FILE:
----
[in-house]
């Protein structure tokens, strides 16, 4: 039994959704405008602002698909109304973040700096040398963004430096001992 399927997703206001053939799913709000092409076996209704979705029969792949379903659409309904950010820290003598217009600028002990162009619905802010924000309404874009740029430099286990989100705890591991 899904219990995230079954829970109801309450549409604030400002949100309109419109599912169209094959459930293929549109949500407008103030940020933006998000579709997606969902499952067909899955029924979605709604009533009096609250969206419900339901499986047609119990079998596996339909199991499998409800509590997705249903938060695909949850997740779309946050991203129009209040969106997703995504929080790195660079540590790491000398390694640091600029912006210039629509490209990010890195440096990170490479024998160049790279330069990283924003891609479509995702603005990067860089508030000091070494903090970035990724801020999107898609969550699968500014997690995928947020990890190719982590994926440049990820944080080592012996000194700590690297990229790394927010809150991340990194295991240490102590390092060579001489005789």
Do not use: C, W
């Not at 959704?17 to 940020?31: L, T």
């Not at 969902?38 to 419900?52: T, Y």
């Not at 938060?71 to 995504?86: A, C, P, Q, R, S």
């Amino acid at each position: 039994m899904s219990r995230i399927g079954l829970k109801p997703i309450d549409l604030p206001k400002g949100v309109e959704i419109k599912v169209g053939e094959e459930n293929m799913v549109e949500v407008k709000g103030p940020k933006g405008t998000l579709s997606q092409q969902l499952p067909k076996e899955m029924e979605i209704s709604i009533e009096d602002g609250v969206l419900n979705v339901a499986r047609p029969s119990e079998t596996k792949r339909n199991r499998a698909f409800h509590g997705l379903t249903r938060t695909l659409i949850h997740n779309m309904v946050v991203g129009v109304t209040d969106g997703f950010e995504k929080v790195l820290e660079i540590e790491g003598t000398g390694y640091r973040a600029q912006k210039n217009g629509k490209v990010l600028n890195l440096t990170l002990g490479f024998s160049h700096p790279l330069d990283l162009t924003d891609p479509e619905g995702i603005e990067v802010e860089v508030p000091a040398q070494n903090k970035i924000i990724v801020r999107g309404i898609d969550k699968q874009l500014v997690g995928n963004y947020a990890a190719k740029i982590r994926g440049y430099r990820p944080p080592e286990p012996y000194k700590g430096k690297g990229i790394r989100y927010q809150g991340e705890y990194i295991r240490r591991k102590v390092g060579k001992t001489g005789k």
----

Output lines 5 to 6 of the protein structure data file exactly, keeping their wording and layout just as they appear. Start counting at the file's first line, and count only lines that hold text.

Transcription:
């Not at 969902?38 to 419900?52: T, Y």
């Not at 938060?71 to 995504?86: A, C, P, Q, R, S």